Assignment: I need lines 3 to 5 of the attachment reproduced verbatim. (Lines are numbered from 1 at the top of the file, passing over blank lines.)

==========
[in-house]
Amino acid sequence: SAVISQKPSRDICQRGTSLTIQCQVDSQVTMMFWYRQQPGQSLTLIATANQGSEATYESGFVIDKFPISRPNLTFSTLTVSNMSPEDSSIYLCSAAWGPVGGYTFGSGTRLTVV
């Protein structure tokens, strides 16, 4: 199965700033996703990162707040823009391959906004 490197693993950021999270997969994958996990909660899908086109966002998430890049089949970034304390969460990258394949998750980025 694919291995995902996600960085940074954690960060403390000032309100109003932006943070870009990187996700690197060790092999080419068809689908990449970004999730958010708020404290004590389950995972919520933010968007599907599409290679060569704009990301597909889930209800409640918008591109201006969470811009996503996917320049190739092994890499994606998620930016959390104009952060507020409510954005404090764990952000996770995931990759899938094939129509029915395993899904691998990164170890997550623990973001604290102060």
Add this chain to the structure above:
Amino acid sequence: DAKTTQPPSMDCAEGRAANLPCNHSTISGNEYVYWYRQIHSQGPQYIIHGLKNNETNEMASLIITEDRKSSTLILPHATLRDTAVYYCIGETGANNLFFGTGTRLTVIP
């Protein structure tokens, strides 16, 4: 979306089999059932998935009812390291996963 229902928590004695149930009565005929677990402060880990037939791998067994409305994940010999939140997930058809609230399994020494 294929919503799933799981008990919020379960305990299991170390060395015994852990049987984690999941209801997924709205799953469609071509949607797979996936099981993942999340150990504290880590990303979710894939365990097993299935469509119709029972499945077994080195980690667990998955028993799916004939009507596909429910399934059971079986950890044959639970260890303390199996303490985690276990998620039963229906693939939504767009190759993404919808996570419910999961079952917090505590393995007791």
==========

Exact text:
């Protein structure tokens, strides 16, 4: 199965700033996703990162707040823009391959906004 490197693993950021999270997969994958996990909660899908086109966002998430890049089949970034304390969460990258394949998750980025 694919291995995902996600960085940074954690960060403390000032309100109003932006943070870009990187996700690197060790092999080419068809689908990449970004999730958010708020404290004590389950995972919520933010968007599907599409290679060569704009990301597909889930209800409640918008591109201006969470811009996503996917320049190739092994890499994606998620930016959390104009952060507020409510954005404090764990952000996770995931990759899938094939129509029915395993899904691998990164170890997550623990973001604290102060």
Add this chain to the structure above:
Amino acid sequence: DAKTTQPPSMDCAEGRAANLPCNHSTISGNEYVYWYRQIHSQGPQYIIHGLKNNETNEMASLIITEDRKSSTLILPHATLRDTAVYYCIGETGANNLFFGTGTRLTVIP